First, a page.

Tuesday, May 04, 2010


Thank you Beth Angsioco of the Democratic Socialist Women of the Philippines for the tips!

A lot rests on the coming elections. The Filipino people want a new beginning and we have this golden opportunity through the coming elections. Thus, we so NEED to make the elections work for the country, for us. Various grim and frightening scenarios are being put forward. However, as citizens, we can do a lot to prevent these from happening.


1. A new electoral system will be used on May 10 and many are still unfamiliar and may have discomfort with this. We should familiarize ourselves (and those close to us) with automated elections.

2. The heart and soul of the system is the memory card where a lot is stored and will be stored, including the votes we will cast. This has to be protected at all cost.

3. Know your precinct no. BEFORE election day. This is available at the COMELEC website and it only takes 5 minutes to get the information. If you are not in the list and you registered or voted in the last elections, go to your local COMELEC office. They will put you in. Bring IDs and/or proof of registration.

4. The ballot is more than 2 feet long. One side for candidates for national positions, the other, for local posts. To the left of the candidates’ names are the oblong shapes that voters need to shade and the numbers of candidates. It is best to decide before May 10 and make your list with the names and numbers of your chosen candidates.

5. The ballot is sensitive. No additional markings, dirt or smudges should be put.

6. Around the ballot are lines. These are the bar codes that identify the ballots.
7. Precincts are clustered and there will be from 500 to 1,000 voters per precinct. Come prepared and vote as quickly as possible. Taking a long time might result in disenfranchising others who will wait for us to finish before they can vote.

8. There are news of operators planning to bring their voters to the precincts very early to be first and stay for the longest possible time so others are not able to vote. The way to counter this is by voting early.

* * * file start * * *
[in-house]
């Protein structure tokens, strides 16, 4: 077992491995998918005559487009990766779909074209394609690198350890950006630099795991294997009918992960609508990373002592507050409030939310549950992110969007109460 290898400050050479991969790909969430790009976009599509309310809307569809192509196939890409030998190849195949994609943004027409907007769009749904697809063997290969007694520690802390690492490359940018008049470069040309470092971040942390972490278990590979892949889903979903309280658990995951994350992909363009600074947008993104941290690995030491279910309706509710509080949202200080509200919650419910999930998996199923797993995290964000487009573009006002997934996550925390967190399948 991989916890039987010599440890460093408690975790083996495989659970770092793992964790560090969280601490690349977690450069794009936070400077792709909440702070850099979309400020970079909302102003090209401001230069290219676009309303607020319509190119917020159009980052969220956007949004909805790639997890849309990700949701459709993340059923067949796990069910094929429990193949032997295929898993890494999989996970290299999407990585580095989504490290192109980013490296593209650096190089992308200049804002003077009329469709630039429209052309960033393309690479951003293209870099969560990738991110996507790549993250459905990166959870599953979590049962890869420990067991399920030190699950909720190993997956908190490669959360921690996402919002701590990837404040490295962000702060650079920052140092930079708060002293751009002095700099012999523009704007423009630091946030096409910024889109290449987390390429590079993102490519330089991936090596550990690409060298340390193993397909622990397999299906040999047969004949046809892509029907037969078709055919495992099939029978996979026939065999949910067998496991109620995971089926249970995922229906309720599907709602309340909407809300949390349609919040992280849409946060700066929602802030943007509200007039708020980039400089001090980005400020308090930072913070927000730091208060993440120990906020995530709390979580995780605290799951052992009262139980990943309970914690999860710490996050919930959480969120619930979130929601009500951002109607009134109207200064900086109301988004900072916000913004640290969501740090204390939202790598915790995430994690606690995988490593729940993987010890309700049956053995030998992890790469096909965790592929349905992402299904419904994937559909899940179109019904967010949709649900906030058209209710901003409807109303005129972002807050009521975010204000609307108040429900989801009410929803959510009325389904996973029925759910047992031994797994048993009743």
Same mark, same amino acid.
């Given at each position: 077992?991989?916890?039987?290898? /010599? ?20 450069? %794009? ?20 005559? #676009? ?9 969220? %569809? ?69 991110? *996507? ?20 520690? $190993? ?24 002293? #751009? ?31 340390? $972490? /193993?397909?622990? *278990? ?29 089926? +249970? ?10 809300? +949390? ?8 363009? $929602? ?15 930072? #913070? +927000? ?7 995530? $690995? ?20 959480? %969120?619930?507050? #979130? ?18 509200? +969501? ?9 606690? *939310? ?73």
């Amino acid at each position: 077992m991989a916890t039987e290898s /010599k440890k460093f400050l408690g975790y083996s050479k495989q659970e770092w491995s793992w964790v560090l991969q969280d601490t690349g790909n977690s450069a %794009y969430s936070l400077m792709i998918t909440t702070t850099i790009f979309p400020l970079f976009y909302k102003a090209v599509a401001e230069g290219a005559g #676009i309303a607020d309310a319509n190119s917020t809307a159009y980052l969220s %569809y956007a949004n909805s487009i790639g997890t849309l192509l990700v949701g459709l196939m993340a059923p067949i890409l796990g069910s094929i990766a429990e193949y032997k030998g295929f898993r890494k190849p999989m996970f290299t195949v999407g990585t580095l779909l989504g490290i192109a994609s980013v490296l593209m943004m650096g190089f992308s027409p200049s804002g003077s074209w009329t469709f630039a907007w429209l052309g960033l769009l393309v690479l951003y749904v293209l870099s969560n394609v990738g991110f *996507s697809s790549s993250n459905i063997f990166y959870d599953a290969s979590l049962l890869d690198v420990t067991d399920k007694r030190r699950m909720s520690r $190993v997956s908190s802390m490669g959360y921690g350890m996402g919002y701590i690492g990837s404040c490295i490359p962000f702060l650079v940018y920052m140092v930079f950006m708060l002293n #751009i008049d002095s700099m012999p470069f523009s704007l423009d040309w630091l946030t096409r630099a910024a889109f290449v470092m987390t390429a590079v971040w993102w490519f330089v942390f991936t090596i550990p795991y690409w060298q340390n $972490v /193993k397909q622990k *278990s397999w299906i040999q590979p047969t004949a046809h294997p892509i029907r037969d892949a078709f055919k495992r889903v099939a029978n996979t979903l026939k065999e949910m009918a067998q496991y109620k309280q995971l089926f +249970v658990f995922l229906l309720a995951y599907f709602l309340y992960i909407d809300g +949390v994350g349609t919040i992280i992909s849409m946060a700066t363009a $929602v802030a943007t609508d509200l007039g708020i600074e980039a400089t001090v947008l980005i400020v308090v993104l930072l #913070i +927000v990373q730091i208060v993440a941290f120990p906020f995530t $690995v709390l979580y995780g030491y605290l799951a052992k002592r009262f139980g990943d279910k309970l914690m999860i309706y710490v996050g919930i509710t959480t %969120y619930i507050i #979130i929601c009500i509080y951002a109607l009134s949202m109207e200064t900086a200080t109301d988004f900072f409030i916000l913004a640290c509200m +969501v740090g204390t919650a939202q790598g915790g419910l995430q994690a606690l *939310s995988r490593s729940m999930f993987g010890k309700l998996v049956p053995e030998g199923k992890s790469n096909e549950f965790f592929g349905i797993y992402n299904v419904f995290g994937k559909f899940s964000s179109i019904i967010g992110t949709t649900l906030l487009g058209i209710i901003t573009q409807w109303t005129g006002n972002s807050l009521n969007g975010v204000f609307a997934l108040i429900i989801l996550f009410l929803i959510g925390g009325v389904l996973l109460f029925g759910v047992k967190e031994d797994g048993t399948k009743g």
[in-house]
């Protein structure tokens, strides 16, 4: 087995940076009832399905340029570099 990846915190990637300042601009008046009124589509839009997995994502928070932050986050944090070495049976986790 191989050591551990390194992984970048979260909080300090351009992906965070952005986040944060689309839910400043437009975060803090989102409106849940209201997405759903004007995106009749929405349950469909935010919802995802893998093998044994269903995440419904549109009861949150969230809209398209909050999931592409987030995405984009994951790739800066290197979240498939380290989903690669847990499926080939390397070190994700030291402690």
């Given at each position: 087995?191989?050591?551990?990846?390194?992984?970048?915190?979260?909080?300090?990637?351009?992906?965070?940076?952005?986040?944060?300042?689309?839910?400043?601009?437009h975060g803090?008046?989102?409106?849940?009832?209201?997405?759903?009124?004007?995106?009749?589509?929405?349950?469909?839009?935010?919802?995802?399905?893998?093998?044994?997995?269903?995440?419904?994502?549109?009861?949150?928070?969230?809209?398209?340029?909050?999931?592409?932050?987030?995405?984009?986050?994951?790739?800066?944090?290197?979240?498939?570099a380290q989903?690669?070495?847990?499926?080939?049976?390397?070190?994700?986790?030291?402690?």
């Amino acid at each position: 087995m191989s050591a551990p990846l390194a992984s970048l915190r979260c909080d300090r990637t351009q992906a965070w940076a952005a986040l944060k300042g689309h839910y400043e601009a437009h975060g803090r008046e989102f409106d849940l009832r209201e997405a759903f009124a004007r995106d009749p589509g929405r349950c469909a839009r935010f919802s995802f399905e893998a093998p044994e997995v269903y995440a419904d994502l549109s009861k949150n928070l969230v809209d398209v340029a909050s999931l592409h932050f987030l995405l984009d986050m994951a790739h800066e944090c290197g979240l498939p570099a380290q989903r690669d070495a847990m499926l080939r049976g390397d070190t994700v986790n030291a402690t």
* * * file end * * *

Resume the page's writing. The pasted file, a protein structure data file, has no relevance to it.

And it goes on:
9. Before any voting starts, the Board of Elections inspectors (BEI) will do the Initialization process to prove that the machine and the memory card do not have stored votes BEFORE the actual voting.

10. After voting, you will feed the ballot into the machine. You have a maximum of 4 tries and if your ballot is rejected, it will be set aside. No additional ballot will be issued to you.

11. If the system runs well, the results of the local elections will be known in a few hours and the national in two (2) days. It will be good to be on guard.

12. At end of voting day, each PCOs machine will print 30 copies of the results. The memory cards (where the results are stored) will then be sealed in an envelope and brought to higher canvassing groups. If, at a later time the results are questioned, the stored data will be considered as the official results, NOT THE PRINTED ONES. Thus, it is VERY important to guard the transfer of the memory cards to their destinations.

EASY THINGS TO DO to protect our votes:

Before May 10,

• Check your precinct no. through the COMELEC website. Visit your precinct a few days before the elections so you won’t waste time looking for it on the day itself.

• Familiarize yourself and others close to you with the ballot which can also be downloaded from the COMELEC site.

• Practice shading preferably with a broad-tipped marking pen (similar to what will be provided on election day.) The oblong shapes to the left of your candidates’ names should be shaded FULLY. The machines will not count votes with less than 50% of the oblong shaded. Teach others to do this.

• Make a list of the candidates (with their corresponding numbers) you will vote for.

• Participate in the testing of the machines.


• Make sure your hands are clean when you vote to prevent smudging of the ballot.

• Bring your list of chosen candidates to polling place & use this when voting.

• Bring IDs and your precinct number.

• Vote early.

• Vote as fast as you can so others will have their turn as soon as possible.

• When you receive your ballot, EXAMINE the bar codes around it. The lines should be sharp and clear. Do not accept a ballot with blurred/faded bar codes. This will not be read by the machine.

• Do not fold, smudge or crumple the ballot.

• Do not put any mark on the oblong beside candidates you are NOT voting for. This might cause rejection of your vote.

• When you vote, shade oblong FULLY.

• You may undervote but DO NOT OVERVOTE. i.e., if you shade more than 12 senatorial candidates, all your votes for the position will not be counted.

• Before feeding your ballot into the machine, take note of the number on the screen. This should be one notch higher after you fed your ballot. i.e., if you see the number 10 before you feed your ballot, 11 should appear after. ‘Congratulations’ should also appear on the screen. These mean that your ballot was read.

• Feed your ballot to the machine yourself. If you make others do this, they might smudge or put markings on your ballot which might cause rejection.

• If you can, guard the memory card as it is transferred from the precinct to the higher canvassing offices. This will happen after voting hours.

Let the others know. If you think this is useful, please pass to as many voters as possible.